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Inside Sprint’s Fundraising Strategy

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Sprint carried $38.4 billion in debt

At the end of its fiscal 2Q17 (September quarter), Sprint (S) was carrying $38.4 billion in total debt, putting its total liabilities at $63.4 billion. Total assets were $82.5 billion at that time. In this situation, where Sprint appears to be bearing a heavy debt load, raising capital through conventional borrowing channels could be expensive.

So Sprint has tried to be creative in raising the capital it needs for capital expenditures, such as investment in network improvement that it said would cost anywhere between $5.0 billion and $6.0 billion annually starting in the coming fiscal year.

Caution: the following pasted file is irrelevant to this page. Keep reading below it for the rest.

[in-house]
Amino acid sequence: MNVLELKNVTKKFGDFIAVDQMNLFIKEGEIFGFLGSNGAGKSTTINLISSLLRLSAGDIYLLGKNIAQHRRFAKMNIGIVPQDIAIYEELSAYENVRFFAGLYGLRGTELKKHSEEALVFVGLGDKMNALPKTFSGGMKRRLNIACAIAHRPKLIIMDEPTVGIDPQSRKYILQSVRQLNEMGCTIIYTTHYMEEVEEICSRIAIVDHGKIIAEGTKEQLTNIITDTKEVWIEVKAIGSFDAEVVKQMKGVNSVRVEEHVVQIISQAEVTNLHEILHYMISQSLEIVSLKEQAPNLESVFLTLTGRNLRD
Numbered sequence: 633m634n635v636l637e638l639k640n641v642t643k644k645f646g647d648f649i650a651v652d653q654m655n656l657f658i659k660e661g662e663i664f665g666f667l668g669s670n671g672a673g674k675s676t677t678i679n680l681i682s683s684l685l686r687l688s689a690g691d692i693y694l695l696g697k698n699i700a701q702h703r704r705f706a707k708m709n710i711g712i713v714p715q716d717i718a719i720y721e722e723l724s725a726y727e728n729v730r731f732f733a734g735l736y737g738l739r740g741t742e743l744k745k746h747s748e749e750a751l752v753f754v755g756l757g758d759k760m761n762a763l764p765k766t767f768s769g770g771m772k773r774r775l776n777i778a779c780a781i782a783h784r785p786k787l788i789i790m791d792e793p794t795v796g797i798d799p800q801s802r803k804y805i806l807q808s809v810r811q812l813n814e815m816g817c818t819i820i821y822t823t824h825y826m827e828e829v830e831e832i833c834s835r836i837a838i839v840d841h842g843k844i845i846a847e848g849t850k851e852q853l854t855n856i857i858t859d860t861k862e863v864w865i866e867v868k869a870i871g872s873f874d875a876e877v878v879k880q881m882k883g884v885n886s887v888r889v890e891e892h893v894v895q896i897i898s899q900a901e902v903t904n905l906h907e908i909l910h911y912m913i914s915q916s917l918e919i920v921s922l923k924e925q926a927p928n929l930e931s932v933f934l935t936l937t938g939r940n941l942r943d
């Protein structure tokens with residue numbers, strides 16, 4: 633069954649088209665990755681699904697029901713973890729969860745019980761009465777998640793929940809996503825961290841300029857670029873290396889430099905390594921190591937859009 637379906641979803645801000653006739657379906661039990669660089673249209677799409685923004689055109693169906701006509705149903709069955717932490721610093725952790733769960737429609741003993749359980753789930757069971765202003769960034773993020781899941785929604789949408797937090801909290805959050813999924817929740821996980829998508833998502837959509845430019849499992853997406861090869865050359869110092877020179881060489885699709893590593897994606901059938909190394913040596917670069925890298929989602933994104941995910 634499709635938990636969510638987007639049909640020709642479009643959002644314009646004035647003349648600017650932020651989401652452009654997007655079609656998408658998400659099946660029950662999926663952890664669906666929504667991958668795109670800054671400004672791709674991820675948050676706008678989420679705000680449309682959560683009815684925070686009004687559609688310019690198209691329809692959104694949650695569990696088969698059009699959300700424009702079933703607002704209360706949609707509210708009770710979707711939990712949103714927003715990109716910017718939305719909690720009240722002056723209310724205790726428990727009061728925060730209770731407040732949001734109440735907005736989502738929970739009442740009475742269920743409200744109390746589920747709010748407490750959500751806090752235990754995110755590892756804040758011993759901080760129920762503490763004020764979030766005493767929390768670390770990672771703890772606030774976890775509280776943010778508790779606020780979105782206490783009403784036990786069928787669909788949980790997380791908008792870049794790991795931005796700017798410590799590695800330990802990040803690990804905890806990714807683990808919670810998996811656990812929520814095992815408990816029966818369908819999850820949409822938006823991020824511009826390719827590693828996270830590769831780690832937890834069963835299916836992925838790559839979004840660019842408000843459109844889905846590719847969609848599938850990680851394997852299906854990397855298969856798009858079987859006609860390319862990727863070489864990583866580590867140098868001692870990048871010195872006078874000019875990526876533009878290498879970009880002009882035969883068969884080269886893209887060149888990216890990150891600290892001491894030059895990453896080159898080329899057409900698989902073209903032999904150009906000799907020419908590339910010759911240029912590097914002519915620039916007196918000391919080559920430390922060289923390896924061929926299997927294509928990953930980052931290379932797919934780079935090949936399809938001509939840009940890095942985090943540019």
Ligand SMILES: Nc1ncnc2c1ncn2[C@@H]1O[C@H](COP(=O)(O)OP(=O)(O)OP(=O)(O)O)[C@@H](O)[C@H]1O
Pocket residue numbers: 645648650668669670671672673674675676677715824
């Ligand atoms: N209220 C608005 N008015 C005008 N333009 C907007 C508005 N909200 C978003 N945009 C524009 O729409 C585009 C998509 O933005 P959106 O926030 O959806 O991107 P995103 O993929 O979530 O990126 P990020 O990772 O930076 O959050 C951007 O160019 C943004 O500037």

Using airwave license to borrow cheaply

Sprint’s creative methods of raising capital without further straining its balance sheet include the sale and lease-back of a portion of its portfolio of airwaves. It also uses the airwaves as collateral for loans.

To raise the more than $5.0 billion in capital it needs to finance network improvements starting in fiscal 2018, Sprint will continue to use its airwave licenses as collateral to secure cheaper loans, the company’s chief financial officer Tarek Robbiati said.

Airwaves asset worth is over $16 billion

Sprint’s portfolio of airwaves is so valuable that its parent, SoftBank, is reported to have considered spinning off the asset into a separate public company. Sprint’s spectrum holding was estimated last year to be worth roughly $16.4 billion.

Perhaps content with its rich spectrum holding, Sprint didn’t participate in the latest airwaves government auction that was concluded in April. Sprint’s wireless rivals T-Mobile (TMUS) and AT&T (T) were along the top bidders in that auction. Dish Network (DISH) and Comcast (CMCSA) were other big bidders, bidding $1.7 billion and $6.2 billion, respectively.

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